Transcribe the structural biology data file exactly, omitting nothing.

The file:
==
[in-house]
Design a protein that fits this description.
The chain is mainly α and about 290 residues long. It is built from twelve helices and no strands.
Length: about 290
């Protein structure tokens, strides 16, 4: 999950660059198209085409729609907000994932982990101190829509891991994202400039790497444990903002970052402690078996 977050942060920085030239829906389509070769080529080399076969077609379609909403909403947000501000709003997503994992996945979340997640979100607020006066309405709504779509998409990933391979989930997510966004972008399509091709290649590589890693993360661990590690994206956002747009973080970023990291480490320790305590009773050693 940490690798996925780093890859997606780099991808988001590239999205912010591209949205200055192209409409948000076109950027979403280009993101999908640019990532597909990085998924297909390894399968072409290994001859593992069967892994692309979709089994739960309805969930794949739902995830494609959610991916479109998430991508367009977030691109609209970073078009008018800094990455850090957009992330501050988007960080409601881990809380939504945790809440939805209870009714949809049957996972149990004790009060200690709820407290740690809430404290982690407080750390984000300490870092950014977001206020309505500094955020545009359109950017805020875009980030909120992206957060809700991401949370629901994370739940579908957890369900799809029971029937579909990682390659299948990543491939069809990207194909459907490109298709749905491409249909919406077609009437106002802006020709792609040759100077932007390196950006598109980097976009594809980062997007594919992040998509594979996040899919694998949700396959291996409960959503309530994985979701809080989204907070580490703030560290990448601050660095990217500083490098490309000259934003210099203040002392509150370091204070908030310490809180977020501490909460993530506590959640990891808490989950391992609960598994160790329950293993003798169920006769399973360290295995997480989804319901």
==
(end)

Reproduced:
[in-house]
Design a protein that fits this description.
The chain is mainly α and about 290 residues long. It is built from twelve helices and no strands.
Length: about 290
């Protein structure tokens, strides 16, 4: 999950660059198209085409729609907000994932982990101190829509891991994202400039790497444990903002970052402690078996 977050942060920085030239829906389509070769080529080399076969077609379609909403909403947000501000709003997503994992996945979340997640979100607020006066309405709504779509998409990933391979989930997510966004972008399509091709290649590589890693993360661990590690994206956002747009973080970023990291480490320790305590009773050693 940490690798996925780093890859997606780099991808988001590239999205912010591209949205200055192209409409948000076109950027979403280009993101999908640019990532597909990085998924297909390894399968072409290994001859593992069967892994692309979709089994739960309805969930794949739902995830494609959610991916479109998430991508367009977030691109609209970073078009008018800094990455850090957009992330501050988007960080409601881990809380939504945790809440939805209870009714949809049957996972149990004790009060200690709820407290740690809430404290982690407080750390984000300490870092950014977001206020309505500094955020545009359109950017805020875009980030909120992206957060809700991401949370629901994370739940579908957890369900799809029971029937579909990682390659299948990543491939069809990207194909459907490109298709749905491409249909919406077609009437106002802006020709792609040759100077932007390196950006598109980097976009594809980062997007594919992040998509594979996040899919694998949700396959291996409960959503309530994985979701809080989204907070580490703030560290990448601050660095990217500083490098490309000259934003210099203040002392509150370091204070908030310490809180977020501490909460993530506590959640990891808490989950391992609960598994160790329950293993003798169920006769399973360290295995997480989804319901």